Place all of the side chains (R groups) in their correct positions on the Chemical Properties Circle according to the chemical properties. The side chains colors- the plastic around the base of each side chain (NOT the atoms) reflect the chemical properties that are found on the circle. Use the Amino Acid Sidechain Chart or Jmol buttons above to help you identify the amino acids. Confirm that the patterns of colors/atoms you described above is what you see when the sidechains are placed on the chart.
Proteins fold spontaneously and very quickly due to the chemical properties of the side chains. Proteins fold in the watery environment of the cell. Predict which side chains will interact with which others.
8. Which type of side chains will be on the inside of most proteins? Why?
9. Which side chains will be attracted to the negatively charged side chains? Why?
10. Which side chains will be attracted to the positively charged side chains? Why?
11. Which side chains will be attracted to the polar neutral side chains? Why?
12. Will the final shape of the protein be a high energy state or a low energy state for all the atoms in the structure? Why?
Unwind the toober. Notice there is a blue and a red end cap. The blue end cap represents the N-terminus (the amino end) and the red end cap represents the C-terminus (the carboxyl end). Since proteins are synthesized from the N terminus to the C terminus, the N terminus is the 'beginning' of the protein.
Select a methionine from the chemical properties circle and place it on the clip closest to the blue end cap. All proteins start with methoinine and protein synthesis begins at the N-terminus of the protein.
Select 14 other sidechains:
Mix the sidechains in a pile and randomly distribute them along the toober.
13. What level of protein structure is displayed in the sequence of amino acids on the toober?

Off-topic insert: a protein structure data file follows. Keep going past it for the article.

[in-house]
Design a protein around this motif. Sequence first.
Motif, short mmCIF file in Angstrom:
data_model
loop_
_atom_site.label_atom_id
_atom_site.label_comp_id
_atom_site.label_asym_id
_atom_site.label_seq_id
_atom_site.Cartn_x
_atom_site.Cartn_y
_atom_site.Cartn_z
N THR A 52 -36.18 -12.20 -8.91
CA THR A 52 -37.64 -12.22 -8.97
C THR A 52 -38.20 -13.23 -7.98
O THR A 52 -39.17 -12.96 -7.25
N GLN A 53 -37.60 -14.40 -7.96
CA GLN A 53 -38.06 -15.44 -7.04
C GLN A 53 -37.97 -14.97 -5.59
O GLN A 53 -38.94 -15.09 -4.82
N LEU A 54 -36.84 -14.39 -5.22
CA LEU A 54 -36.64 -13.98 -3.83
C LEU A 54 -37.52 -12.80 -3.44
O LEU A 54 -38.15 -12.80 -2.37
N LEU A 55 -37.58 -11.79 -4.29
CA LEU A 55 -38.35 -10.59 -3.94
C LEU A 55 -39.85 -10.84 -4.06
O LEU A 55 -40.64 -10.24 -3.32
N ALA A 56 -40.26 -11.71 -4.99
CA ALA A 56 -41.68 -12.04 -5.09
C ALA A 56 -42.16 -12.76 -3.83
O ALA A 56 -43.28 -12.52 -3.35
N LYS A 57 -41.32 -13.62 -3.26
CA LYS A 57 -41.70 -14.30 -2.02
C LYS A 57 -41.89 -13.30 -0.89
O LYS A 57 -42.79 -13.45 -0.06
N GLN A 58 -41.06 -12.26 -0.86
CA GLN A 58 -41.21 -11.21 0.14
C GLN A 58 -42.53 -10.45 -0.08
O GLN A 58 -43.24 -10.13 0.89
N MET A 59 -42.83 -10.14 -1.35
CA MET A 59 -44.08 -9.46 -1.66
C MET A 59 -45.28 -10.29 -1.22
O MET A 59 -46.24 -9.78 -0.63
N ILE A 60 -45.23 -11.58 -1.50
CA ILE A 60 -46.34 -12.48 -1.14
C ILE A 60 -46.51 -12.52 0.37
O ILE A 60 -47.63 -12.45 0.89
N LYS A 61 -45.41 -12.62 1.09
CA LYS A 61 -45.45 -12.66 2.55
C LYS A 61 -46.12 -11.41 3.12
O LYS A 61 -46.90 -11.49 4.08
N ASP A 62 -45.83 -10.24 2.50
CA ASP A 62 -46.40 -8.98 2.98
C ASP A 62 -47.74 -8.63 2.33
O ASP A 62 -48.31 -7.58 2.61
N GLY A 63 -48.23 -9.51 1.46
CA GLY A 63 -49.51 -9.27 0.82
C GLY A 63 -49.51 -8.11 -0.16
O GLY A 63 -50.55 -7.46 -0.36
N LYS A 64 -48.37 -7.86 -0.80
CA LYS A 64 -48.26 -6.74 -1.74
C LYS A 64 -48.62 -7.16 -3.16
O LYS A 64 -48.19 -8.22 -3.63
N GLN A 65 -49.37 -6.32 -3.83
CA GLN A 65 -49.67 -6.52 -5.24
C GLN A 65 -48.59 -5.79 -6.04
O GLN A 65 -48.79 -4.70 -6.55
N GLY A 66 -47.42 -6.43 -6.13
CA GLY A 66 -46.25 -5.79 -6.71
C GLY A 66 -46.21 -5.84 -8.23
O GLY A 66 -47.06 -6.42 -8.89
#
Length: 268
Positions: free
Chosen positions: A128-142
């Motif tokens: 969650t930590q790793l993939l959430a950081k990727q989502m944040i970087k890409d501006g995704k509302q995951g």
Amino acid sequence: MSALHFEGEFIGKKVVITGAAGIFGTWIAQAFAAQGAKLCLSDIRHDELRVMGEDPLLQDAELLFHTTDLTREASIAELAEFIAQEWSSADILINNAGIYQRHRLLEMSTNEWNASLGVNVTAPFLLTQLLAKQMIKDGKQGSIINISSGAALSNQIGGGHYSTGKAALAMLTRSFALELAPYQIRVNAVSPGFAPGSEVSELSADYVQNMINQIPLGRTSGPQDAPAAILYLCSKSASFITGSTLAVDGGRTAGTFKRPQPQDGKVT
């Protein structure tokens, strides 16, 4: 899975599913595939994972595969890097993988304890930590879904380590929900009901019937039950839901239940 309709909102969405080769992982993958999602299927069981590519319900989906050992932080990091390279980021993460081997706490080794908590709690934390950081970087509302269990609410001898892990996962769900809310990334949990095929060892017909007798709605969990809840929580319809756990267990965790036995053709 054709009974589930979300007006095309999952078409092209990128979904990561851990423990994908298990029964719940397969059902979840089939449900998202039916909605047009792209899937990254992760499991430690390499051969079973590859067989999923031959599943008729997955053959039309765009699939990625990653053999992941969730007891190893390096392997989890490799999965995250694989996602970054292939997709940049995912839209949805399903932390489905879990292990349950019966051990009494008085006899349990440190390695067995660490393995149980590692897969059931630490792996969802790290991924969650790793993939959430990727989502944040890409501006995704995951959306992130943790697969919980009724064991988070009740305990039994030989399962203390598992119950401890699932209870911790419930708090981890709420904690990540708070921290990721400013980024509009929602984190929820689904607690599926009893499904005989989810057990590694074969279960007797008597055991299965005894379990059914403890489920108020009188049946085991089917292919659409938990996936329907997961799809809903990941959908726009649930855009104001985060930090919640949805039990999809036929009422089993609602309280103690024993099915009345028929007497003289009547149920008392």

14. Where does that information originate in a cell to make this protein?
Fold your protein following basic rules of chemistry. The protein is folding in the watery environment of the cell, so begin by placing all the hydrophobic sidechains on the inside. Remember, proteins fold in three dimensions, so create a three-dimensional structure.
Next, polar sidechains should be on the surface of the protein. Try to arrange these to hydrogen bond with each other. (Some residues might interact with other molecules in the cell, such as substrates or other proteins.) You may have to go back and adjust the hydrophobic residues after arranging the polar residues.
Then arrange acidic and basic sidechains on the outside. The positive and negative side chains are attracted to each other. These should be touching each other.
Finally, arrange the cysteine sidechains so that they can form a disulfide (S-S) covalent bond. These sidechains should touch each other.
Then go back and adjust the hydrophobic side chains again – they might have moved while you were folding the others. You need to find a shape where all the correct side chains are in the correct places both on the protein and in relationship to each other. Adjust as needed – don't be frustrated. This final shape is the tertiary structure of the protein.
15. As you added each new set of chemical conditions (hydrophobic, positive and negative, polar, and S-S covalent bond) – what happened to the folding and your structure? Why?
16. Does your protein look like any of the others in the class? Why or why not?